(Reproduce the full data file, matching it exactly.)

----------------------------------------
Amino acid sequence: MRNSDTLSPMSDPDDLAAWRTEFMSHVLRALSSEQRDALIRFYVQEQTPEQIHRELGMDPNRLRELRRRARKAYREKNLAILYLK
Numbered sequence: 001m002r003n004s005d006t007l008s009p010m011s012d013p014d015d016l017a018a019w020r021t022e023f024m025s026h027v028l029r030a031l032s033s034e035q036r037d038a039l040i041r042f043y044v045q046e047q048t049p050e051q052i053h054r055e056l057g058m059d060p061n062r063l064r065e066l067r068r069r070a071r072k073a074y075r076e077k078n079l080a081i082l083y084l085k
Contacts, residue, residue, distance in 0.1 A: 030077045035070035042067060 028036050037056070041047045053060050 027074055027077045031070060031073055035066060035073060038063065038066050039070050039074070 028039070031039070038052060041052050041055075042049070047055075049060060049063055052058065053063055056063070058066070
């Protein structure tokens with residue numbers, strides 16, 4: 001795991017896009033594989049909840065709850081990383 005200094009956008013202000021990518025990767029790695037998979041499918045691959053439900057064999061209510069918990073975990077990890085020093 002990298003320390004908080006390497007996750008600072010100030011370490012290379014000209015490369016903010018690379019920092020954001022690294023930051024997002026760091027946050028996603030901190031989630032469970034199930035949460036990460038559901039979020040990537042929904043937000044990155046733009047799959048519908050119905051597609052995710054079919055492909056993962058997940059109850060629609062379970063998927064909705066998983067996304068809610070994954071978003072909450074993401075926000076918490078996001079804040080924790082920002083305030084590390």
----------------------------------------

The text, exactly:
Amino acid sequence: MRNSDTLSPMSDPDDLAAWRTEFMSHVLRALSSEQRDALIRFYVQEQTPEQIHRELGMDPNRLRELRRRARKAYREKNLAILYLK
Numbered sequence: 001m002r003n004s005d006t007l008s009p010m011s012d013p014d015d016l017a018a019w020r021t022e023f024m025s026h027v028l029r030a031l032s033s034e035q036r037d038a039l040i041r042f043y044v045q046e047q048t049p050e051q052i053h054r055e056l057g058m059d060p061n062r063l064r065e066l067r068r069r070a071r072k073a074y075r076e077k078n079l080a081i082l083y084l085k
Contacts, residue, residue, distance in 0.1 A: 030077045035070035042067060 028036050037056070041047045053060050 027074055027077045031070060031073055035066060035073060038063065038066050039070050039074070 028039070031039070038052060041052050041055075042049070047055075049060060049063055052058065053063055056063070058066070
């Protein structure tokens with residue numbers, strides 16, 4: 001795991017896009033594989049909840065709850081990383 005200094009956008013202000021990518025990767029790695037998979041499918045691959053439900057064999061209510069918990073975990077990890085020093 002990298003320390004908080006390497007996750008600072010100030011370490012290379014000209015490369016903010018690379019920092020954001022690294023930051024997002026760091027946050028996603030901190031989630032469970034199930035949460036990460038559901039979020040990537042929904043937000044990155046733009047799959048519908050119905051597609052995710054079919055492909056993962058997940059109850060629609062379970063998927064909705066998983067996304068809610070994954071978003072909450074993401075926000076918490078996001079804040080924790082920002083305030084590390």